Action Canada for Sexual Health and Rights is in Geneva this week to participate in Canada’s review before the UN Committee Against Torture (CAT).
The committee is made up of 10 independent experts that monitor implementation of the Convention against Torture and Other Cruel, Inhuman or Degrading Treatment or Punishments. Countries party to the Convention (like Canada) are obligated to submit reports to and undergo periodic reviews by the Committee, outlining steps taken to implement rights in the Convention.
In preparation for Canada’s review, Action Canada submitted a joint report to the Committee in partnership with the Sexual Rights Initiative to bring their attention to two interconnected violations of human rights in Canada:
Everyone has the right to bodily autonomy, which interconnects the full range of sexual and reproductive rights. The right to bodily autonomy includes the right to decide on treatments like contraception and sterilization, and it also includes the right to have comprehensive sexuality education to make informed decisions and to prevent discrimination-based violence. Action Canada is deeply concerned with the lack of federal leadership towards addressing these human rights violations. It is unacceptable that Canada uses jurisdictional challenges as an excuse to ensure all people in Canada, particularly Indigenous women, women with disabilities and young people have their rights to health, non-discrimination, to be free from violence and education upheld.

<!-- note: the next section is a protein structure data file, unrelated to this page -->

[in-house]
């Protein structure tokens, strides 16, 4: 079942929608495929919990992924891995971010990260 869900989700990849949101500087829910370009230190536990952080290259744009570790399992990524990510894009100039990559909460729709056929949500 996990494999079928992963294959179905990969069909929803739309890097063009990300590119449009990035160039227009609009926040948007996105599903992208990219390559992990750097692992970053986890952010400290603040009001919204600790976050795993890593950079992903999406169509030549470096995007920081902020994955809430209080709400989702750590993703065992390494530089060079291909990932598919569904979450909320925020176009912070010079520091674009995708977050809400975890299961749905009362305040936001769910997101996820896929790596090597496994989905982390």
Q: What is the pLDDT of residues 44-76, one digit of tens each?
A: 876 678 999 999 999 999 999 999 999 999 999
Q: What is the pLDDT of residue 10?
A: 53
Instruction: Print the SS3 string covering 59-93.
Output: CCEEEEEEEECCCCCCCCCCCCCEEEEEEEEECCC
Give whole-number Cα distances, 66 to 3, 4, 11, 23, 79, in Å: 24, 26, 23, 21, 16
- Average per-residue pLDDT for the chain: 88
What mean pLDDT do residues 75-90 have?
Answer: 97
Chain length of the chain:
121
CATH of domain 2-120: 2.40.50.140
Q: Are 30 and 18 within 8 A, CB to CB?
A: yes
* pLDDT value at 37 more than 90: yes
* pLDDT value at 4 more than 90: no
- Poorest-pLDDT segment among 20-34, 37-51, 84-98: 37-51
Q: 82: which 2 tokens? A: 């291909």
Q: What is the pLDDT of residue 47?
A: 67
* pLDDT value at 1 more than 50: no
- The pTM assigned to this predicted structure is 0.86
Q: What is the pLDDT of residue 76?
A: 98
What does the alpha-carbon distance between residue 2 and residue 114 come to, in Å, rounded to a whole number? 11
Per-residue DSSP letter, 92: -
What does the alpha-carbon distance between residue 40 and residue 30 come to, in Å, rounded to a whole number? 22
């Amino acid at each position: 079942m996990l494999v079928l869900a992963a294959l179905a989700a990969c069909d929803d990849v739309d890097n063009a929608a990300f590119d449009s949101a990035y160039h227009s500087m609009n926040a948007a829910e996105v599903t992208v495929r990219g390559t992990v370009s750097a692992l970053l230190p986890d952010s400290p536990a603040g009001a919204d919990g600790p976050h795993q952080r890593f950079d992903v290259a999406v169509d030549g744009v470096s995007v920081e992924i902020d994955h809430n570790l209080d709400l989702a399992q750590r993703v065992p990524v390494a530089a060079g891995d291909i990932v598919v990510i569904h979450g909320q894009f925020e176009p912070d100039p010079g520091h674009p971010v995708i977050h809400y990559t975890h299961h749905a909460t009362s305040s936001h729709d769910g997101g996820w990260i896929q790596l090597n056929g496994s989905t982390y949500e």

In Geneva for the review, Action Canada will engage Committee members towards securing Concluding Observations on the issues raised in the report during Canada’s review. Following Canada’s review this week (link to UN web TV to steam live webcast), the Committee will release a set of Concluding Observations to Canada. Once released, Action Canada will work hard to ensure action is taken by the Government, towards better compliance with human rights obligations.